I stopped using my jumbo frames script from here in Kubuntu 16.10, because apparently NetworkManager can figure that out on its own, and it’s been relatively successful. My wireless adapter connects to the new Netgear T6400 at near gigabit speed, but the R6400 doesn’t support jumbo frames itself, so I’m segmenting off some new VLANs to break the Jumbo Frames hosts from the wireless / nonintelligent hosts. That’ll mean resurrecting my jumbo frames script to instead set the VLAN Tag when I’m home.h


Sound has always been a joke for Linux users, but the Intel HD-Audio has been really solid for me for several years, especially with pulseaudio actually being relatively stable for me. When I recieved the laptop, I was having a problem where full-duplex audio was causing what appeared to be a storm of interrupts that hung the entire laptop. But about 2 months of debugging resulted in “I built a new kernel, and now it works fine.” I don’t know if it was a bug in the codec in the kernel, or something that silently patched. How I have Bluetooth audio headset, bluetooth headset for online conference calls, and appropriate switching for apps and reminders (reminders / alerts go to speakers and bluetooth in my config, in case I take the headphones off), with the options int he PulseAudio configuration in KDE. I have no “.asoundrc” or /etc/asound or /etc/pulse or ~/.pulse/client.conf anymore either, which is great!


For the first time in years, I do not have a multi-graphics card system to deal with. The i915 driver works out of the box and is unremarkable, but functional. And great for battery life. But boring to discuss.

Encryption and Security


During installation, I chose the option to use an encrypted LVM volume. This uses DM-Crypt to encrypt the full HDD, so that it has to be unlocked at boot time. The Kubuntu installer seems to forget this fact, so it also asks you to set up ecryptfs private home directories, which is NOT neccessary for a single-user laptop, since the whole OS is already encrypted. The only oddity with dm-crypt is that sometimes the splash screen prompt to unlock the computer doesn’t show. Originally, if I just wait for disk activity to disappear, and have a blank screen, I can just type the passphrase, and it’ll still unlock successfully. But I instead made a change to /etc/default/grub:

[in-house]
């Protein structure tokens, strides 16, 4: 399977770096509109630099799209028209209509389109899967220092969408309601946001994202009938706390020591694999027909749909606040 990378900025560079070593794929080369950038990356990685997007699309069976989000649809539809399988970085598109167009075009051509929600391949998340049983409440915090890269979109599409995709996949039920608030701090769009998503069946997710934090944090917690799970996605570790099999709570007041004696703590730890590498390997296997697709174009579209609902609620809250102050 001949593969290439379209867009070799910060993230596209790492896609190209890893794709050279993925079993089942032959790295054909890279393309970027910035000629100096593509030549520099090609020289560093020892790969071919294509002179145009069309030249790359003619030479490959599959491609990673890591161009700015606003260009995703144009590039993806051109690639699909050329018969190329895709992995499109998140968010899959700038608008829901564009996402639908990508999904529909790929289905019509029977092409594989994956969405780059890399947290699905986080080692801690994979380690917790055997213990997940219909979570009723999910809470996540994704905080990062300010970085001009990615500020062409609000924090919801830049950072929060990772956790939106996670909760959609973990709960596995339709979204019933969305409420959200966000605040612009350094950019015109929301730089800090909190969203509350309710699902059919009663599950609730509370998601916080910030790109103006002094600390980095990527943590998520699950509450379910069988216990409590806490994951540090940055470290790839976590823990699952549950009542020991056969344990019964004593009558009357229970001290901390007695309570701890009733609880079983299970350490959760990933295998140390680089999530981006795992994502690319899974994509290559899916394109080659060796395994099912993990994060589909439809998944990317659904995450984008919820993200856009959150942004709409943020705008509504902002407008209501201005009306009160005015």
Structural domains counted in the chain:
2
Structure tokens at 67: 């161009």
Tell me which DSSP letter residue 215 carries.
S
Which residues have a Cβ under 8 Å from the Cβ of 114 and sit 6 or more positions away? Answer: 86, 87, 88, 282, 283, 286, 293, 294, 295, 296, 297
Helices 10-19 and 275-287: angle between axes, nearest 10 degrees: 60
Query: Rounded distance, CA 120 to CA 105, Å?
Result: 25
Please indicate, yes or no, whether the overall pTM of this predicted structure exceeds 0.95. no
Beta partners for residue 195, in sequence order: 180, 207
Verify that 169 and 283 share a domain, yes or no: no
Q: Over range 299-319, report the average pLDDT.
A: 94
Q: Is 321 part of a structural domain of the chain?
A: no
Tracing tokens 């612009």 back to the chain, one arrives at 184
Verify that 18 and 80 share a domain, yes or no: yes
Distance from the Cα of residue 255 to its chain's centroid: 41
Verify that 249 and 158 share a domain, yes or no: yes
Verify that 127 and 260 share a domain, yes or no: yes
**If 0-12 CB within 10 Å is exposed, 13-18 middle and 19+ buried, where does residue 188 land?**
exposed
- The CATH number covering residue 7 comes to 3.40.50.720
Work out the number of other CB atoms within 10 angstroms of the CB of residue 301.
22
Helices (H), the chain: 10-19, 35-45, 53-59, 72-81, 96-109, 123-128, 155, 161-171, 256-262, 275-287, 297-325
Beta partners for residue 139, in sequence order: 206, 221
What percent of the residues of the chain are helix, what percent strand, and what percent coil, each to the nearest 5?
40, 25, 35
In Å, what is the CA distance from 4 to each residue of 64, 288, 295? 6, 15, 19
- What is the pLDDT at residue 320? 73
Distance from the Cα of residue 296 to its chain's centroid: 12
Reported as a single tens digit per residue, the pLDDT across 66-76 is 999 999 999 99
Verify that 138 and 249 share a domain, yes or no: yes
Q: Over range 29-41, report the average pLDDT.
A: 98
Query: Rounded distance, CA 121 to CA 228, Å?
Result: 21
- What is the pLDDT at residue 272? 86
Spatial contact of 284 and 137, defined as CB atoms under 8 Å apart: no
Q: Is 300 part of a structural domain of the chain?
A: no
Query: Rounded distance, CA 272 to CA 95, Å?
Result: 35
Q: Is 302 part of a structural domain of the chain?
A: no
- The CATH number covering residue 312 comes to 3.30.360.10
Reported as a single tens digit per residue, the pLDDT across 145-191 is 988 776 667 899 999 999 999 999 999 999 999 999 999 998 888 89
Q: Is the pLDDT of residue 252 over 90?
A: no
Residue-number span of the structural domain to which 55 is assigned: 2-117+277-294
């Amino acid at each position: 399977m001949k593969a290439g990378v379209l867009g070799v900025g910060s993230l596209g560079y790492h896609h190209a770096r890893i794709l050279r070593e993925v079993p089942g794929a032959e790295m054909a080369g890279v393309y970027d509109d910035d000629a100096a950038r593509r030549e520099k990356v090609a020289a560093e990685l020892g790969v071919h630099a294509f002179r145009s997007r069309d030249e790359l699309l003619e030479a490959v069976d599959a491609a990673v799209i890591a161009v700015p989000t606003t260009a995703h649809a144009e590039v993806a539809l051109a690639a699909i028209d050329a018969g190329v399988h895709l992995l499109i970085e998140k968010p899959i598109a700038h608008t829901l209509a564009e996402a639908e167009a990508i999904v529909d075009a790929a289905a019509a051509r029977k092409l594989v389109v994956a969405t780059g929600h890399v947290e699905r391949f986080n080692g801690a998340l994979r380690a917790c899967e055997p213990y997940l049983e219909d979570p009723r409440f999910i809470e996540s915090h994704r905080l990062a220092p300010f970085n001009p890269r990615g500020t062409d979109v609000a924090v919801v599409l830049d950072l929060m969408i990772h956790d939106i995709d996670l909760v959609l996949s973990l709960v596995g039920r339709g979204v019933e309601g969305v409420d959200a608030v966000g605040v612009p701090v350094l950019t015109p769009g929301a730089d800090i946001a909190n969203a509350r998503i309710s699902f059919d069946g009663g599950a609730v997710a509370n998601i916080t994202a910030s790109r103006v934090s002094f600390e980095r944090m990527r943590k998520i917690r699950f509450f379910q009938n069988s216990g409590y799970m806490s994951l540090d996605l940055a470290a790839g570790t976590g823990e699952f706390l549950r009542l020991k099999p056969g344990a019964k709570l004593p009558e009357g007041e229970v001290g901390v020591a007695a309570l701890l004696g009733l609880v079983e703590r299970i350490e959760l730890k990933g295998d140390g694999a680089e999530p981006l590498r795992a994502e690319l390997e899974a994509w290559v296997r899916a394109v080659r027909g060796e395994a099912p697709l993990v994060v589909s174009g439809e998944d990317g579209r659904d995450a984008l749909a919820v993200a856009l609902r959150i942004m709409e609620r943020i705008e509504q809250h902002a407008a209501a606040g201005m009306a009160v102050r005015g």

And now I don’t get the splash screen, and the prompt comes up properly right away. And I get all the hacker-y looking boot errors from systemd.


Because this laptop has some sensitive work information on it, I wanted to get a bit more paranoid with the “unattended on a conference table” and “connected to a public wifi network” situations, especially since I actually have OpenSSH listening on all interfaces (yes, I ssh into my laptop from my phone more often than you do). I purchased a multi-protocol Yubikey and downloaded and installed the Yubikey PAM module for Challenge-Response, with the instructions on their website, here. Combined with Active Directory authentication, my cached user can only log in if the Yubikey is inserted into the laptop. So when I step away in meetings, the laptop locks, and my password can’t be cracked.

For additional security, I enrolled the root account on my laptop into my Password vault which rotates the root password every 14 days with a 50+-character random passcode, so even an attacker getting physical access once it’s booted (decrypted) will have little chance of breaking into the box even when I have the yubikey in place.

Additional Power Savings

I still run laptop-mode tools to cut down on power utilization from non-CPU peripherals. I could get more by having the ethernet port actually turn off when on battery, but I actually use it on battery quite a lot, so I’m not sure the hassle of re-enabling it is worth the battery savings. Here are the configurations I use: